Meropenem with Sodium Carbonate is a salt form of Meropenem, a β-lactam antibiotic in the carbapenem class, which targets the bacterial cell wall. Meropenem has found utility against extended spectrum β-lactamase (ESBL) producing Enterobacteriaceae that are resistant to many β-lactam antibiotics and certain cephalosporins. Meropenem with Sodium Carbonate is very soluble in water.
We also offer:
- Meropenem, USP (M002)
|Mechanism of Action
|β-lactams interfere with PBP (penicillin binding protein) activity involved in the final phase of peptidoglycan synthesis. PBP’s are enzymes which catalyze a pentaglycine crosslink between alanine and lysine residues providing additional strength to the cell wall. Without a pentaglycine crosslink, the integrity of the cell wall is severely compromised and ultimately leads to cell lysis and death. Resistance to β-lactams is commonly due to cells containing plasmid encoded β-lactamases. Like many carbapenems, Meropenem is highly resistant to the degradative effects of β-lactamases.
|Meropenem has a broad spectrum of activity and has been found to be effective against extended spectrum β-lactamase (ESBL) producing Enterobacteriaceae; a group of pathogenic microbes resistant to many first line β-lactam antibiotics and certain cephalosporins.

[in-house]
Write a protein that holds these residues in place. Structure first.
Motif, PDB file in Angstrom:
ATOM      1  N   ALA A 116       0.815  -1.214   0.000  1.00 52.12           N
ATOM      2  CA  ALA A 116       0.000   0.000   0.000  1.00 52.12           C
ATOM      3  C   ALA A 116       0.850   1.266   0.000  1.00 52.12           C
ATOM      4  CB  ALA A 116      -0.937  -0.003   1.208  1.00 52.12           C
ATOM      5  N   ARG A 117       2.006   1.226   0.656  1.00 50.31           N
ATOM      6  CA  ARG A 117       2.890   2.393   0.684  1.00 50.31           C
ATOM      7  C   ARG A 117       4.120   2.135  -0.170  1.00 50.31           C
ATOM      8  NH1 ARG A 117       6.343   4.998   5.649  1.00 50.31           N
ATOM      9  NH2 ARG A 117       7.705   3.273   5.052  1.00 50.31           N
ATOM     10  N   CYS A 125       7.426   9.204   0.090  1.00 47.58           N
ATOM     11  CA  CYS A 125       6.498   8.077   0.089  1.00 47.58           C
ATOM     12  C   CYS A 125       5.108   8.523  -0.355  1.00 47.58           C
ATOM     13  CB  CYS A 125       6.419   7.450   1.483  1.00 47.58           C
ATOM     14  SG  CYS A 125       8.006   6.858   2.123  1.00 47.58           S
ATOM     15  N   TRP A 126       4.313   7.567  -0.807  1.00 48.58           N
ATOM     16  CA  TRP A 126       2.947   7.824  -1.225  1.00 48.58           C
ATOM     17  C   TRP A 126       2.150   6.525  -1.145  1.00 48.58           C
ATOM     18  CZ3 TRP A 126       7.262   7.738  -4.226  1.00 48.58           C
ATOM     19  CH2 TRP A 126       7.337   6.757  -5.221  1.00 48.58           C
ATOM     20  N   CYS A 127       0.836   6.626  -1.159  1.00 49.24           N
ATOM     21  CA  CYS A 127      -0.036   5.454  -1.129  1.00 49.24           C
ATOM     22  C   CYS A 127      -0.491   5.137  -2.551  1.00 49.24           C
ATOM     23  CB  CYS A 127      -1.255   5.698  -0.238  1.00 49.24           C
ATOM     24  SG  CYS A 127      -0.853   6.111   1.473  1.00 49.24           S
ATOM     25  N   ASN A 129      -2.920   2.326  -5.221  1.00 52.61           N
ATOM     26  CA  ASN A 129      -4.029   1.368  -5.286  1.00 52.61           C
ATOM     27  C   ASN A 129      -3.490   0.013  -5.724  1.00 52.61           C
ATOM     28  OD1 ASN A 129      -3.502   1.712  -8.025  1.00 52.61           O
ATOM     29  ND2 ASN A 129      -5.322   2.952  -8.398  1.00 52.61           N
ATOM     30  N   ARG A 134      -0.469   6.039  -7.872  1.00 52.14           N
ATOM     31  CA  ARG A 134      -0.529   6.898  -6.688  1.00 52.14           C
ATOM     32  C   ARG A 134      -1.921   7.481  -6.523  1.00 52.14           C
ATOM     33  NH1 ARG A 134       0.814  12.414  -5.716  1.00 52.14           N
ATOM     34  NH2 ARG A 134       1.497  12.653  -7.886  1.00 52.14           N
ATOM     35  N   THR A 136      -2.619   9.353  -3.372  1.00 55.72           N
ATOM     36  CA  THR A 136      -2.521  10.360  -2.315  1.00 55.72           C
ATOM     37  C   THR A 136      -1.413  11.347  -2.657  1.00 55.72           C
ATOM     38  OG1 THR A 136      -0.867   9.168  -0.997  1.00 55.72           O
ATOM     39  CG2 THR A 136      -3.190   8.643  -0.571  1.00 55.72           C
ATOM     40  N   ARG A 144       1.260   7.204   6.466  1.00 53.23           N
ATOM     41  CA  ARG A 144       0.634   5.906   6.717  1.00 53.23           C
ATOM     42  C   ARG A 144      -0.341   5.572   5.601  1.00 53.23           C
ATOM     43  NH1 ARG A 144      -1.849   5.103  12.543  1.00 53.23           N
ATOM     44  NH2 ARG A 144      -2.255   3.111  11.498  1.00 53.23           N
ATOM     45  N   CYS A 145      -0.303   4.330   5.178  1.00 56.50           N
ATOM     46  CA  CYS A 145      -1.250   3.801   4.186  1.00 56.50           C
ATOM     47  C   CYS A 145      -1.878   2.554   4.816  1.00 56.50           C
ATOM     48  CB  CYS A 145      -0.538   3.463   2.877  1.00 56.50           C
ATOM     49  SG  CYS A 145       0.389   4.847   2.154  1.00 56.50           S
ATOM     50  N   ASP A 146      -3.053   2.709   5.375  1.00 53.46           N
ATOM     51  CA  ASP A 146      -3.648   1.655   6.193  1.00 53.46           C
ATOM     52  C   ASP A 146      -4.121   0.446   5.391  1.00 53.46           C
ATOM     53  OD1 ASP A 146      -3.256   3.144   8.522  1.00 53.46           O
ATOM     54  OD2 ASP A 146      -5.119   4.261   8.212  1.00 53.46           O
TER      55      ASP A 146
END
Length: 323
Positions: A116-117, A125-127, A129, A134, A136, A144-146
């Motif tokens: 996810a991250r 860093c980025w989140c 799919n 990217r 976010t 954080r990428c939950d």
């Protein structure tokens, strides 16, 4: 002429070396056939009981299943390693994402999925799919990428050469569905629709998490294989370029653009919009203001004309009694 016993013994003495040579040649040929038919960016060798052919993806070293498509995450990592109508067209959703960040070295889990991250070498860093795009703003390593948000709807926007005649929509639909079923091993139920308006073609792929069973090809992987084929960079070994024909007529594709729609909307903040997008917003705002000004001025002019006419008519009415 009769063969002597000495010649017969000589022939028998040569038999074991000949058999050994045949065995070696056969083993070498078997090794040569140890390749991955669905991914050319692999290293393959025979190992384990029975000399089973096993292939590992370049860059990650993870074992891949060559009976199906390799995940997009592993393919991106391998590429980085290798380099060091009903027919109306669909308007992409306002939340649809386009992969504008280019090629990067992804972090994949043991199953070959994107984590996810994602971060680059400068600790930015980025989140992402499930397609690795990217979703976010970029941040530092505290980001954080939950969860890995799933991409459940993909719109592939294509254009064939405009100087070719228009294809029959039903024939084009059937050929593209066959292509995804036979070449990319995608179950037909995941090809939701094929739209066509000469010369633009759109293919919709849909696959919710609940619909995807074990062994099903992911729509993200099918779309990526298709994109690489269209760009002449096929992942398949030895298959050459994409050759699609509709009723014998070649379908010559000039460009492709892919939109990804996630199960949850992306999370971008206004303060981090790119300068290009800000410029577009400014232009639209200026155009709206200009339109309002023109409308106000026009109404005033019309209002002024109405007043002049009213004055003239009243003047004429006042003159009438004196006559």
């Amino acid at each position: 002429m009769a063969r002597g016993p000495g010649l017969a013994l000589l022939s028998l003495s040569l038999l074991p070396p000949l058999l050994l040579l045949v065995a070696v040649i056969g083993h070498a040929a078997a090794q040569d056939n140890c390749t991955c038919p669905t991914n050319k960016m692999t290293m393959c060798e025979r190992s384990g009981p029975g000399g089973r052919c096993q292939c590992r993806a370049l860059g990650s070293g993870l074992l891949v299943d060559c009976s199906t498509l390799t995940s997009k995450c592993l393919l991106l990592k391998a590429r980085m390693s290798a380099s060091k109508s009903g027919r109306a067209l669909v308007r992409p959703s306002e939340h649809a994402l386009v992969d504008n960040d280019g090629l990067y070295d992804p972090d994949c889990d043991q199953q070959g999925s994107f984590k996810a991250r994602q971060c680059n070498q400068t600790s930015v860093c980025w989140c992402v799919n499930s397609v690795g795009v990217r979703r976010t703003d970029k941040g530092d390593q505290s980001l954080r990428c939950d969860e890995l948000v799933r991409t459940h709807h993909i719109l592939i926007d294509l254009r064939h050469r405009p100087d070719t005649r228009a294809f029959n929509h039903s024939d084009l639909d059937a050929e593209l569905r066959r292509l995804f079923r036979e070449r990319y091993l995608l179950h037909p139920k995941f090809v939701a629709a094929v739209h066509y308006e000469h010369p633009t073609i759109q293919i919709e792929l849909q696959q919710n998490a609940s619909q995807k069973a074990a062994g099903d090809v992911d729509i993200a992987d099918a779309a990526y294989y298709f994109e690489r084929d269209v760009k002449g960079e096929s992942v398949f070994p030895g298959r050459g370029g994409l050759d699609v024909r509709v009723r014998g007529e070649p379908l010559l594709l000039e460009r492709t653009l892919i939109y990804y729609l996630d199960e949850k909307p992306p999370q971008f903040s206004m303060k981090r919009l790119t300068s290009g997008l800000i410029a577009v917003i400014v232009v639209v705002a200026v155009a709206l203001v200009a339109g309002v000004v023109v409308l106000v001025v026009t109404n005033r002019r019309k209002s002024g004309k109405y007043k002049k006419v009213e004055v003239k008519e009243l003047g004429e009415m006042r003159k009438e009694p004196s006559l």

|Meropenem is commonly used in clinical in vitro microbiological antimicrobial susceptibility tests (panels, discs, and MIC strips) against Gram-positive and Gram-negative microbial isolates. Meropenem has also shown high potency against high-resistant superbug strains. Medical microbiologists use AST results to recommend antibiotic treatment options. Representative MIC values include:
Meropenem can be used as a selective agent in several types of isolation media:
VRE Medium - VRE Selective Supplement
|Plant Biology Applications
|Meropenem can be used to suppress the overgrowth of Agrobacterium in tobacco, tomato, and rice transformation, with 25 mg/L suppressing outgrowth (Ogawa and Mii , 2007).
Meropenem suppressed growth of Agrobacterium during transformation of Phalaenopsis at 5 mg/L and had no phytotoxic effect on the cells themselves (Sjahril and Mii, 2005).
|C17H25N3O5S • Na2CO3
Guzmán F(2008) Beta lactams antibiotics (penicillins and cephalosporins) mechanism of action. Med. Pharmacol. Pharmacology Corner, 29 Nov. 2008
Pitout JD, Sanders CC, Sanders WE (1997) Antimicrobial resistance with focus on beta-lactam resistance in Gram-negative bacilli. Am J Med 103:51
Yang Y, Bhachech N and Bush K (1995) Biochemical comparison of imipenem, Meropenem and biapenem: Permeability, binding to penicillin-binding proteins, and stability to hydrolysis by β-lactamases. J. Antimicrob. Chemother. 35(1):75-84